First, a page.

Quickly getting food to the hungry is vital while battling COVID-19
In Timor-Leste, an opportunity to explore innovation and best practices in distributing food during a pandemic.
It has become increasingly clear that the problem of food insecurity needs special attention when addressing the impact of COVID-19.
The suspension of public transportation, disrupted local and international food supply chains, and travel and movement restrictions have caused loss of income and severe shortages of food across Asia and the Pacific, especially for the poor and most vulnerable.
Food insecurity was already acute among the world’s 820 million poor and vulnerable, even before the advent of COVID-19. In conflict-prone states where physical access remains a challenge, and in countries suffering from extreme natural hazards such as floods and droughts, food insecurity has been worsening. We are now dealing with a crisis within a crisis. The pandemic undermines the key foundation of food security: food availability; food access; food utilization; and food stability. In this context, what has started as a global health crisis could become a global food crisis if overlooked.
This is particularly true in Timor-Leste, which had a severe food insecurity situation even before the pandemic. Timor-Leste ranks 110 out of 117 in the Global Hunger Index and relies heavily on food imports. 75% of the population are food insecure while 50% of children under five are stunted. The economic cost of undernutrition ranged from $65 to $180 million in 2016.
The pandemic has had devastating consequences on an already desperate situation in the country. In fact, local surveys confirmed that the food situation of the vulnerable population was deteriorating rapidly. District heads were requested urgent food distribution as part of COVID-19 assistance.
Getting food to the most vulnerable while at the same time supporting local farmers and food distributors are just two elements of a successful food distribution system during COVID-19.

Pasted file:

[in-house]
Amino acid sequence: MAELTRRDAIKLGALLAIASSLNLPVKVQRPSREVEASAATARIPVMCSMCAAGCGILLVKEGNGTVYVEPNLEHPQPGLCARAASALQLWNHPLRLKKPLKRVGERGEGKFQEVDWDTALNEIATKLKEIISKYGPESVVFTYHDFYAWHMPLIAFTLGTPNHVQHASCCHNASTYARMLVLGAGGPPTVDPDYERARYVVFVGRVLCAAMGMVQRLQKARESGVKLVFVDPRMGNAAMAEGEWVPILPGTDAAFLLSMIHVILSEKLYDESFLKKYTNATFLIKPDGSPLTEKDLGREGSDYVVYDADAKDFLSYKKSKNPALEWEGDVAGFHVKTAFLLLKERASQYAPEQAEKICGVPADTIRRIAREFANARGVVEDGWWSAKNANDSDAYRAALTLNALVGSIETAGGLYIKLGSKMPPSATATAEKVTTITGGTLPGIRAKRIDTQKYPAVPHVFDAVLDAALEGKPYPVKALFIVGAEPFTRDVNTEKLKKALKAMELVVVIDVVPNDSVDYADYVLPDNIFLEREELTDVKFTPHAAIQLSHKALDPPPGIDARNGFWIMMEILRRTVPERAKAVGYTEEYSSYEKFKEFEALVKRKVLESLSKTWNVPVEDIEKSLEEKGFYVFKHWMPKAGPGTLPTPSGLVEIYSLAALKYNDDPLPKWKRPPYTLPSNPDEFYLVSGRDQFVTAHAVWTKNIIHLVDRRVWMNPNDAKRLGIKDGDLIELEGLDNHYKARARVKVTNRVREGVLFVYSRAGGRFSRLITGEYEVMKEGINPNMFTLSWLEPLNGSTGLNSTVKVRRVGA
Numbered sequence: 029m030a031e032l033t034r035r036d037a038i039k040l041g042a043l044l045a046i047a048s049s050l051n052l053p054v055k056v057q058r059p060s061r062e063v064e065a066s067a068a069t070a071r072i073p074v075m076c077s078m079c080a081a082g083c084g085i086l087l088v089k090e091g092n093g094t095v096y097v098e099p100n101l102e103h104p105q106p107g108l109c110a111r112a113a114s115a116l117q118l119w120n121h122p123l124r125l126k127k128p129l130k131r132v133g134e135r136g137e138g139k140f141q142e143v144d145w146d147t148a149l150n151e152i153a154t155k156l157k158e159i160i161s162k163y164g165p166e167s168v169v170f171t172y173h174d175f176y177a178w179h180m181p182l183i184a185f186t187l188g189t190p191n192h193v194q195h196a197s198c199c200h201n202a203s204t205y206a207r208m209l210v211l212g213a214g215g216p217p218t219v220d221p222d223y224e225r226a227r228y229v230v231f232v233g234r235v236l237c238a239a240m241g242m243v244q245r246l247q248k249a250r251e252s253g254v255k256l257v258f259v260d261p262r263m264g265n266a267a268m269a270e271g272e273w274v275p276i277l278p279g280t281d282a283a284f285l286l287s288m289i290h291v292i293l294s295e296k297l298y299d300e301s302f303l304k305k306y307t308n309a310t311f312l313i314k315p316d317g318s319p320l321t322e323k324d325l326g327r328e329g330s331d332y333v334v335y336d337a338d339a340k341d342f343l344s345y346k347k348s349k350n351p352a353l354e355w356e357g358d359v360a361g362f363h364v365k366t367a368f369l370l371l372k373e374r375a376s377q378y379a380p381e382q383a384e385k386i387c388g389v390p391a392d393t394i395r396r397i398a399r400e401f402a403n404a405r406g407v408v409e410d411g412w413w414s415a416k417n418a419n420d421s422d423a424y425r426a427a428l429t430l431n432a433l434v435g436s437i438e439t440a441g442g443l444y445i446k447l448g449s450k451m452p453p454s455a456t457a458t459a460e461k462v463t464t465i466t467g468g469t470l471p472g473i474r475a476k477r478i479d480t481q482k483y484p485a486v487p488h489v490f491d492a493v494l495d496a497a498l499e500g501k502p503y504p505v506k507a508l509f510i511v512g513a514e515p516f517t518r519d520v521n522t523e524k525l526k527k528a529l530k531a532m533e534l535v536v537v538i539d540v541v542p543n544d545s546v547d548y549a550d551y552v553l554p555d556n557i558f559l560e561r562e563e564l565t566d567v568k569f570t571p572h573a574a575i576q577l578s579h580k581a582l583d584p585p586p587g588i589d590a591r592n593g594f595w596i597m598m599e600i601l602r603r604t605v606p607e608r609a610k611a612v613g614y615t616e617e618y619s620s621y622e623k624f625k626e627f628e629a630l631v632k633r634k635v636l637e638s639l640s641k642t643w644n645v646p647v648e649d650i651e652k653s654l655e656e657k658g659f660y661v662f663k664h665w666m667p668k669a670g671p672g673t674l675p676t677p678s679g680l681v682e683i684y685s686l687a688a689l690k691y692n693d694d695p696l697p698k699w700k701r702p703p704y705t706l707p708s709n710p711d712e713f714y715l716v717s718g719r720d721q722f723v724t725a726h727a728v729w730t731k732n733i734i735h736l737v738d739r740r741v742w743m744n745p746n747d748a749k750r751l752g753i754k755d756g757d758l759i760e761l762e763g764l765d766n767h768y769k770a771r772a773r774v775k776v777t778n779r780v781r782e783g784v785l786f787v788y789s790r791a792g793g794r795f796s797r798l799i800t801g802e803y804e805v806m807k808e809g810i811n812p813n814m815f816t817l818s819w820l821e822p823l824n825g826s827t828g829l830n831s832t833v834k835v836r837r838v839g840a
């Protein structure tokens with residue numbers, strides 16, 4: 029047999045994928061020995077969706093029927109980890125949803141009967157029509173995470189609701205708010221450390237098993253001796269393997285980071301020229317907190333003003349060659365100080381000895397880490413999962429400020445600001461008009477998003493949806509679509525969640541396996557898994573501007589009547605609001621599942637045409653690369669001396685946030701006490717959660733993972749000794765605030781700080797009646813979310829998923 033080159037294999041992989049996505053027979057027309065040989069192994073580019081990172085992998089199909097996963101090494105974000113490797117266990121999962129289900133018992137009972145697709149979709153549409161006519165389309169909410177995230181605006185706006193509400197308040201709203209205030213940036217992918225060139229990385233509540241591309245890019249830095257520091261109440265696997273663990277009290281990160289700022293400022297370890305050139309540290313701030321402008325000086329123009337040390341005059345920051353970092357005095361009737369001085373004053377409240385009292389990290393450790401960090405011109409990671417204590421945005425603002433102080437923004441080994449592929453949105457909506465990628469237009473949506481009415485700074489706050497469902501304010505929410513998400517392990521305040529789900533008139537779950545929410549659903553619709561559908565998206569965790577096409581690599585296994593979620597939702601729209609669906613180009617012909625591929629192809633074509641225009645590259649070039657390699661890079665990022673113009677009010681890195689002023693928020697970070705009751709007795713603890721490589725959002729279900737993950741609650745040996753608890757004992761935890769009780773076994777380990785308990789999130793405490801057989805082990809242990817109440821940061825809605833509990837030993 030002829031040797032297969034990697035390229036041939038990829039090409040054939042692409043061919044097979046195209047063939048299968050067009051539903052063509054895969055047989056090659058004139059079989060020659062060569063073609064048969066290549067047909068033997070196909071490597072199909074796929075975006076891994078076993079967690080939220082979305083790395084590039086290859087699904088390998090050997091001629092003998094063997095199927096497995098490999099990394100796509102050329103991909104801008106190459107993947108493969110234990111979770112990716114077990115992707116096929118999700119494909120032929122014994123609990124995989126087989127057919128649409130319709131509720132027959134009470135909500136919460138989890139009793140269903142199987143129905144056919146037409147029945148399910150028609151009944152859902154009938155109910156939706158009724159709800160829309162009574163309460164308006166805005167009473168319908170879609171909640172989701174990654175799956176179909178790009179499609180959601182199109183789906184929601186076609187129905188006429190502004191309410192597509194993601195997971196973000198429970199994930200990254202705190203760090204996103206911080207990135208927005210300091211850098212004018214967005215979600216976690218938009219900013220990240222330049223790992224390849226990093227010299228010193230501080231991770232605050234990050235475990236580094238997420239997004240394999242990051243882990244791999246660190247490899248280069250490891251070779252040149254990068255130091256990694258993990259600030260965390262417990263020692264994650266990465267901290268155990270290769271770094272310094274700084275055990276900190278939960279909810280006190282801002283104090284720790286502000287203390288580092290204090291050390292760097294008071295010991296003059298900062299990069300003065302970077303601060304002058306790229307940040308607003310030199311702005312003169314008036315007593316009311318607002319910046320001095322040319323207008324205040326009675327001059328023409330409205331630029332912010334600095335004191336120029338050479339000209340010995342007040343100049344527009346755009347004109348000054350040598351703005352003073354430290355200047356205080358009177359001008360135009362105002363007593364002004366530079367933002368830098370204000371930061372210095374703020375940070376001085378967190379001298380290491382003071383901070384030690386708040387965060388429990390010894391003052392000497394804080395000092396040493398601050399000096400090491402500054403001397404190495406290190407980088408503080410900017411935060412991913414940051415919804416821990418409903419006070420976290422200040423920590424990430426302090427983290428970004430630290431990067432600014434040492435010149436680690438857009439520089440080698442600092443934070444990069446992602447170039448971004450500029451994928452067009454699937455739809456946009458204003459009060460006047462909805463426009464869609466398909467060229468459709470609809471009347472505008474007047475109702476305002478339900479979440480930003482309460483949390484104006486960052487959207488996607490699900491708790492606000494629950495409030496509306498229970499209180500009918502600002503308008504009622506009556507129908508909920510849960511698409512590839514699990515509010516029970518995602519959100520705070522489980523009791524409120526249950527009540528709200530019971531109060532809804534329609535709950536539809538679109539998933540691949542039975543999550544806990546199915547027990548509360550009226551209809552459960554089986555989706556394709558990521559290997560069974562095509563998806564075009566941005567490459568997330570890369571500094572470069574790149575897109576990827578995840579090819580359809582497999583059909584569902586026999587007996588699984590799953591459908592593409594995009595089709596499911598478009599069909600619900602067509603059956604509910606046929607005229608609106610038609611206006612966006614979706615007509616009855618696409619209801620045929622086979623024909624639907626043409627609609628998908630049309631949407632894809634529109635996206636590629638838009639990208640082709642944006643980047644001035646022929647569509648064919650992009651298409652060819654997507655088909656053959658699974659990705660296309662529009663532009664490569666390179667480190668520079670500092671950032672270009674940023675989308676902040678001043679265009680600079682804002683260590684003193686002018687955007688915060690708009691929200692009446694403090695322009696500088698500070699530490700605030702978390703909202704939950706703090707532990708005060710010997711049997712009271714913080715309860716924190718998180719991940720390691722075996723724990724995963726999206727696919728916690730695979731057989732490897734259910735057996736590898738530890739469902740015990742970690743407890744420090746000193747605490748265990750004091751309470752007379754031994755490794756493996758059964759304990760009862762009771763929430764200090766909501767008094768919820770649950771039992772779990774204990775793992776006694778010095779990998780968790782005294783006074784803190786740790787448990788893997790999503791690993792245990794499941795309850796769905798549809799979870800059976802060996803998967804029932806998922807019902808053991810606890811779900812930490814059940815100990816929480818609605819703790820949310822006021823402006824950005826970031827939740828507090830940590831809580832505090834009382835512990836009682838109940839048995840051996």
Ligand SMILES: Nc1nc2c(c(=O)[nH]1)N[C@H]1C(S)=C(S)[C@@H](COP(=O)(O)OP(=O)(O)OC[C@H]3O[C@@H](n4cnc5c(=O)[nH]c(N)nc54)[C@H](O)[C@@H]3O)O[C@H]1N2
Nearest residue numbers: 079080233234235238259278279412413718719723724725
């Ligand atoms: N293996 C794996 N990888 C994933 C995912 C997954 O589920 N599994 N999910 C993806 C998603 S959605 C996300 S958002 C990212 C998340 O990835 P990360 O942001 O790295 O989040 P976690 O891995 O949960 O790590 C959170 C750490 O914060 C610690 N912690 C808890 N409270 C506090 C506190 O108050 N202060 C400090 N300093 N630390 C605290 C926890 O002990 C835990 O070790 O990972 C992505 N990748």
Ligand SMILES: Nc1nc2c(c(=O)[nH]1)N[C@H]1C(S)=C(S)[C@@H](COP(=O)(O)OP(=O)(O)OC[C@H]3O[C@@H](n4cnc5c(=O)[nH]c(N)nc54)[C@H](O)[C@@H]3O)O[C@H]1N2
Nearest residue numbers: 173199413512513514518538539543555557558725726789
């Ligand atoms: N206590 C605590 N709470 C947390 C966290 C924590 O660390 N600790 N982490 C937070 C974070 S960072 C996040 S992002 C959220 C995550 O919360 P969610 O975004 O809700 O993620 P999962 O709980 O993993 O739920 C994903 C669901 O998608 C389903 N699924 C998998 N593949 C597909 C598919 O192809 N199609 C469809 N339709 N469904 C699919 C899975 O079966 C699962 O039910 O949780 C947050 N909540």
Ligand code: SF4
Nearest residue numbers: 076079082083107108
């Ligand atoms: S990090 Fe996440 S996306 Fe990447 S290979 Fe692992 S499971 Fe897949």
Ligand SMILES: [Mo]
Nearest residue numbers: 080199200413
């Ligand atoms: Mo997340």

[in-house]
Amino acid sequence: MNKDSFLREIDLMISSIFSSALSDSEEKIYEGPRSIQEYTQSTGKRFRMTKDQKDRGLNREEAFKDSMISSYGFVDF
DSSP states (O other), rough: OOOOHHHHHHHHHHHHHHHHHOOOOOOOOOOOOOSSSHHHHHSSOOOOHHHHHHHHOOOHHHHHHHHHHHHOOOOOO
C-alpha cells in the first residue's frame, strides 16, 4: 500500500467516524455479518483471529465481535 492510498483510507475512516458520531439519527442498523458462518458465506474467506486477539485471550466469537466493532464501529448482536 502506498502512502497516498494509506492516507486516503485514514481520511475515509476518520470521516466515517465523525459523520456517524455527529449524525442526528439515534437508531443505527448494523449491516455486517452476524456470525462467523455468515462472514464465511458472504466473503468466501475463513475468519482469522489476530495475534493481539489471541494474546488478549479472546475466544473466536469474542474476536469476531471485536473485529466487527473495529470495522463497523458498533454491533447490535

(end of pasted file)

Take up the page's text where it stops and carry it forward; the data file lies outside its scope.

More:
Rapidly getting food to the people who need it most is being done around the region, and there are strong examples to emulate. In the Philippines, an innovative program combined the country’s principles of community sharing with urgent food distribution.
There are other noteworthy examples as well. A Vietnamese entrepreneur in Ho Chi Minh City has invented a “rice ATM”, a 24/7 automatic dispensing machine providing free rice for people who lost their jobs because of the pandemic.
In Timor-Leste, urgency was a key factor in delivering food assistance. A $1 million project financed by ADB, and implemented with United Nations Development Programme support, quickly disbursed emergency assistance that included direct and local sourcing of nutritious food from local farmers who had not been able to sell their products due to COVID-19.
The farm-to-table emergency food distribution is an innovative approach compared to standard food emergency support, which relies on canned and processed food. The project is expected to reach 25,000 people in five municipalities and sustain the families for about three months. It ensures food and nutrition security for the most vulnerable households, boosting their immune systems, and preventing social tensions and the further spread of COVID-19. It will also help prevent wasting and stunting in children under five, and provide an economic boost to local, micro and small farm enterprises.
Getting food to the most vulnerable while at the same time supporting local farmers and food distributors are just two elements of a successful food distribution system during COVID-19. The further development of effective and innovative practices to enhance food security during the pandemic is vital. Nobody should ever go hungry.